wed 13/12/2017

Interview: Peter Gabriel | reviews, news & interviews

Interview: Peter Gabriel

Interview: Peter Gabriel

On the state of the internet, WOMAD, being easily distracted and his new album New Blood

Peter Gabriel: still full of wild, naive ideasYork Tillyer

One of the problems with Peter Gabriel’s back catalogue for me, I tell him, as he is reclining in an office at EMI in London, is the sounds - some of them really are very dated. Gabriel would often pioneer a sound like the reverse-gated drum sound - others would imitate, it becomes trendy, over-used, and then hugely unfashionable.

“Exactly!” he concurs. The excuse for our chat is that he has a new album out called New Blood, reworkings of some of his most celebrated songs done with an orchestra working with arranger and composer John Metcalfe. “The subtext of your question I take to be that the orchestral versions of the songs are maybe more timeless – it could be, but then classical recordings are also very much of their time. But I would think that this album would have less of a date stamp to it.”

The arrangements recall a range of composers from the last century. “We were listening to Steve Reich, Stravinsky, Bernard Hermann among others.” Metcalf “was the arranger, but I would have melodic and rhythmic input”, he says, occasionally having eureka moments like the first track, an atmospheric and effective reworking of “Rhythm of the Heat” where the drums are replaced by orchestral instruments.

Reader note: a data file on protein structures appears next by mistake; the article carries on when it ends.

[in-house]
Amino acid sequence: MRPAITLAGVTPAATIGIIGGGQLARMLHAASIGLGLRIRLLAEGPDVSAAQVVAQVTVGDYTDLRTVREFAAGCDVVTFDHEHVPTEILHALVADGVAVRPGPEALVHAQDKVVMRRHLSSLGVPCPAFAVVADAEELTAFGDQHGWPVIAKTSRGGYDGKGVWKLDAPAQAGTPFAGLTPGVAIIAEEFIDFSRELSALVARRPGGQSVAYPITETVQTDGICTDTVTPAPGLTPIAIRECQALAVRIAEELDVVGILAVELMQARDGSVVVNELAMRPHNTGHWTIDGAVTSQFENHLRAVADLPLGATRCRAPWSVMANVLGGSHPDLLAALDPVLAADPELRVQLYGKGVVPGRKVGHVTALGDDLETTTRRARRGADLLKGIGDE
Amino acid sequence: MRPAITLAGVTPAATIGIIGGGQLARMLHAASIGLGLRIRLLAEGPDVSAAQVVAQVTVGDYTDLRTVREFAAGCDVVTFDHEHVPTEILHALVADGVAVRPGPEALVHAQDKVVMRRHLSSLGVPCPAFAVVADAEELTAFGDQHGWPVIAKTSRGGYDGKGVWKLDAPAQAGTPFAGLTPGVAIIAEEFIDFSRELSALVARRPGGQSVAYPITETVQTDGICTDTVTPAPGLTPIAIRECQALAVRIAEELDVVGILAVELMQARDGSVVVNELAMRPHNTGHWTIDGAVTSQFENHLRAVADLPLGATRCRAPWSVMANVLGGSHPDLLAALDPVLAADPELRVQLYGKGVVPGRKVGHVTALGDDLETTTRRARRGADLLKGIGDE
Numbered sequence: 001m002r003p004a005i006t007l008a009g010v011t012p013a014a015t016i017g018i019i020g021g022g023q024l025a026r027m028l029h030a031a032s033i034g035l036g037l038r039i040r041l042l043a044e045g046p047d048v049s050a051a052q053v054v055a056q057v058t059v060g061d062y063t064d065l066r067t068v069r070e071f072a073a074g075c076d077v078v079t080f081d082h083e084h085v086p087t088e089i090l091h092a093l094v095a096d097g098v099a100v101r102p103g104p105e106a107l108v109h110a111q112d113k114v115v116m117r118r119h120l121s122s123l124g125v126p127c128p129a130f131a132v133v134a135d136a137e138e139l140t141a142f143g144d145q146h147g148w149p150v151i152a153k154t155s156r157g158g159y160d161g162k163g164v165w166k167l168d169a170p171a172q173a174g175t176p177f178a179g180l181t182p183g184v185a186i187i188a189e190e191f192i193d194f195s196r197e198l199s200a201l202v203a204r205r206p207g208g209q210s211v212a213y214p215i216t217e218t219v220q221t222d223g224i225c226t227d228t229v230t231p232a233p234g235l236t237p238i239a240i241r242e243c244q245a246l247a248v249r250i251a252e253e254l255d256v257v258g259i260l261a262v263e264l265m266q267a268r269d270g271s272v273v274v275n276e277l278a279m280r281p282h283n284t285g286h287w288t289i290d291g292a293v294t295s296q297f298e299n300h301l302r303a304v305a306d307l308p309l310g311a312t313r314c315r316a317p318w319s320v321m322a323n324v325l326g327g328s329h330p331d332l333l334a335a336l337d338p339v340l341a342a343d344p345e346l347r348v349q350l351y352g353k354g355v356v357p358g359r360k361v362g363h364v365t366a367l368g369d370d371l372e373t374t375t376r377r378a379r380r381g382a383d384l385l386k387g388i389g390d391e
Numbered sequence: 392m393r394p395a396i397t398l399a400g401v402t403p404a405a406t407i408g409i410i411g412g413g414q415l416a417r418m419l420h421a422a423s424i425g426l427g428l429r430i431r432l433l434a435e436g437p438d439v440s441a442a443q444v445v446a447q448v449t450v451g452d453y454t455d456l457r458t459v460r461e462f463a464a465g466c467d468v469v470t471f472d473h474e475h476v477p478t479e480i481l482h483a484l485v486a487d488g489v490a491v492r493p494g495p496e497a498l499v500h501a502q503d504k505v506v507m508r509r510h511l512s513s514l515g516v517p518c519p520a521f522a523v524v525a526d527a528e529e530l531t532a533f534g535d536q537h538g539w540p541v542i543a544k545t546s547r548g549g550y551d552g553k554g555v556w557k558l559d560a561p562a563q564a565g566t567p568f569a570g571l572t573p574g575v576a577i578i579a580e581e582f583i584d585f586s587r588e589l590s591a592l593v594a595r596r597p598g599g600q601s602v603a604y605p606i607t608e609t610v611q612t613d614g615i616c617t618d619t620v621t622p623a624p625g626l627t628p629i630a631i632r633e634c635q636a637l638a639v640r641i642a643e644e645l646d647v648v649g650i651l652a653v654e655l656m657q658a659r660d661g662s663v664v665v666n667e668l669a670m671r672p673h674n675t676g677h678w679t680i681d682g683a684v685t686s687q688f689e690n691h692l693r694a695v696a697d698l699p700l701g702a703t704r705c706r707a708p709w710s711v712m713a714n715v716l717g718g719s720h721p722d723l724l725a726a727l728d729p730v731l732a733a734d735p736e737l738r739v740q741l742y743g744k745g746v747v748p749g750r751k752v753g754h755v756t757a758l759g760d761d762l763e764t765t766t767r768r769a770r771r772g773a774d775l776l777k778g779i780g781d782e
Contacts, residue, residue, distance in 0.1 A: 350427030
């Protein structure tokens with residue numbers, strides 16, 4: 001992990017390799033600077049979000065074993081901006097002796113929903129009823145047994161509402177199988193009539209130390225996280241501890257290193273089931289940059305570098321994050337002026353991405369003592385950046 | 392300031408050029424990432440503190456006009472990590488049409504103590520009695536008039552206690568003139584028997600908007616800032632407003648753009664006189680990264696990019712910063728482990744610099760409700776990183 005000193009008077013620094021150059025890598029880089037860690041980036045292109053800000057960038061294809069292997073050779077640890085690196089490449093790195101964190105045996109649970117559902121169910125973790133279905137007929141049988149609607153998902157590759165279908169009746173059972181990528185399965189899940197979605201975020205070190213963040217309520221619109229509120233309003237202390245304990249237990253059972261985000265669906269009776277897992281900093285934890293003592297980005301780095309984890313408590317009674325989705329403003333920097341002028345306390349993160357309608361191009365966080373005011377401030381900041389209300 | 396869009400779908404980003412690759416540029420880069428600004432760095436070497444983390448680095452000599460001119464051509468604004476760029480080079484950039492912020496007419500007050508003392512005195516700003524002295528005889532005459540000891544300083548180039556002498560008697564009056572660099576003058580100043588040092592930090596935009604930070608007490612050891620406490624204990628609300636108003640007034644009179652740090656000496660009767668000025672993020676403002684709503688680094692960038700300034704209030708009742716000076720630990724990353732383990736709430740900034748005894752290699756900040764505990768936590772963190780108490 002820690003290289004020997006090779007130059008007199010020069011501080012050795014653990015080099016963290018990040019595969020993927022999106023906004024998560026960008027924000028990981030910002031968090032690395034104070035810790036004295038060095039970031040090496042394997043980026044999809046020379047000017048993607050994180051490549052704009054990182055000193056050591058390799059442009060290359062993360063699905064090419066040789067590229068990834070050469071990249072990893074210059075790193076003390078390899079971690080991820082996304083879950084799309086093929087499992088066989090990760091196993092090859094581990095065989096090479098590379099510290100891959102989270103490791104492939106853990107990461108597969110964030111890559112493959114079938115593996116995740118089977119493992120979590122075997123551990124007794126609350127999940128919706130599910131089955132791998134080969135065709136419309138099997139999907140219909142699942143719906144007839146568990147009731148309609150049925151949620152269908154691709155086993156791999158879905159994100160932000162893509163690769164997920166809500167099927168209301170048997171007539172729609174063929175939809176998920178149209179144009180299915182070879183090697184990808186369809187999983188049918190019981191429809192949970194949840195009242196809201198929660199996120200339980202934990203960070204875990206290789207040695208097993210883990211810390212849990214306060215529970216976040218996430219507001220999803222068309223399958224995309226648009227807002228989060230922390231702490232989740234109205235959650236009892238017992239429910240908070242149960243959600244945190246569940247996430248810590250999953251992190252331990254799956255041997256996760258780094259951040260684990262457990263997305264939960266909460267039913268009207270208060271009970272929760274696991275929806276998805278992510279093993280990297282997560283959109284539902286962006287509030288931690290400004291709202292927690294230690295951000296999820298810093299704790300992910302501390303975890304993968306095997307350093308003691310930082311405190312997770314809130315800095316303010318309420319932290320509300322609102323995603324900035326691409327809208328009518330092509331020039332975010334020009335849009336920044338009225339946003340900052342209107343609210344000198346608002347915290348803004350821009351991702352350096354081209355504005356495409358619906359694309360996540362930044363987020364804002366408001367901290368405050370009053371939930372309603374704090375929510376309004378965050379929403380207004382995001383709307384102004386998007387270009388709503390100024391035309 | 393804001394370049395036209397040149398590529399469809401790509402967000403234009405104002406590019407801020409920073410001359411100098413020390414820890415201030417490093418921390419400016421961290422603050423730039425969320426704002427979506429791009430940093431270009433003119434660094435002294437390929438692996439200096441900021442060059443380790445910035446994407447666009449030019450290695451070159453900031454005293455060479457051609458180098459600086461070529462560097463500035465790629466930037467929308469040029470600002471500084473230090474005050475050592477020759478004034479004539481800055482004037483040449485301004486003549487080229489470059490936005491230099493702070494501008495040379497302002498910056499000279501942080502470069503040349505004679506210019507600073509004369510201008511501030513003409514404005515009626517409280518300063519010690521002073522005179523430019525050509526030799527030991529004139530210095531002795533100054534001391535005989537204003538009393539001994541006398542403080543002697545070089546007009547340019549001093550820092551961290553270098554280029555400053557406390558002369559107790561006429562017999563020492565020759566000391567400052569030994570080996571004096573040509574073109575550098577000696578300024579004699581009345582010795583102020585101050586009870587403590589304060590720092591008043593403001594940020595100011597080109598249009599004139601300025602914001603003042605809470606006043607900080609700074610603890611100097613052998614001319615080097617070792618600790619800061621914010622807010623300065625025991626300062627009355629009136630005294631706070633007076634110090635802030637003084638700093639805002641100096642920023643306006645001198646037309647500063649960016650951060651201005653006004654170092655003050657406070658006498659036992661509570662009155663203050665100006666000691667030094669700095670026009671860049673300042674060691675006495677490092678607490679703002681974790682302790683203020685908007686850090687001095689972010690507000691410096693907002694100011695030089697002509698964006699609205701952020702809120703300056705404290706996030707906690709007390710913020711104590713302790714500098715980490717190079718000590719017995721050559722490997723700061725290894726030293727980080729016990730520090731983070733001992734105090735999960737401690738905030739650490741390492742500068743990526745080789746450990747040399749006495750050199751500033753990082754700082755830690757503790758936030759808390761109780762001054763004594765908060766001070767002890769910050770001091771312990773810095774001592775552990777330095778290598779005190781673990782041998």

WOMAD was one of those wild, naïve ideas that stuck

Gabriel is looking rather wizard-like as he relaxes in what used to be the manager’s office in EMI. “Not sure if that’s symbolic,” he says, but agrees it is “somewhat reassuring” that EMI is still going and we are doing something that might well have happened 20 or 30 years ago, before iTunes and file-sharing were even thought of.

Gabriel is a good person to ask about the state of technology and the music business as he has been at the technological forefront, developing things like the OD2 online distribution system (bought by Loudeye and sold to Nokia for a reported $60 million in 2006 - although how much Gabriel made I don’t find out).

“I’ve been a gambler, I’ve made money but I’ve lost plenty, too,” he says ruefully. He’s currently developing a system called Gabble which turns text to video. He called it Gabble, he explains slightly apologetically, as, “I’ve seen ideas lose their parentage and I wanted to retain a sense of authorship.”

As for what a record company such as EMI should be doing, he thinks that “the music business should be a service industry, I’ve always argued for artists' independence and they should have ownership of their music, but some things they do in this building very well, like distribution for example. There should be some menu of services that they can provide, and the artist chooses which ones they want”.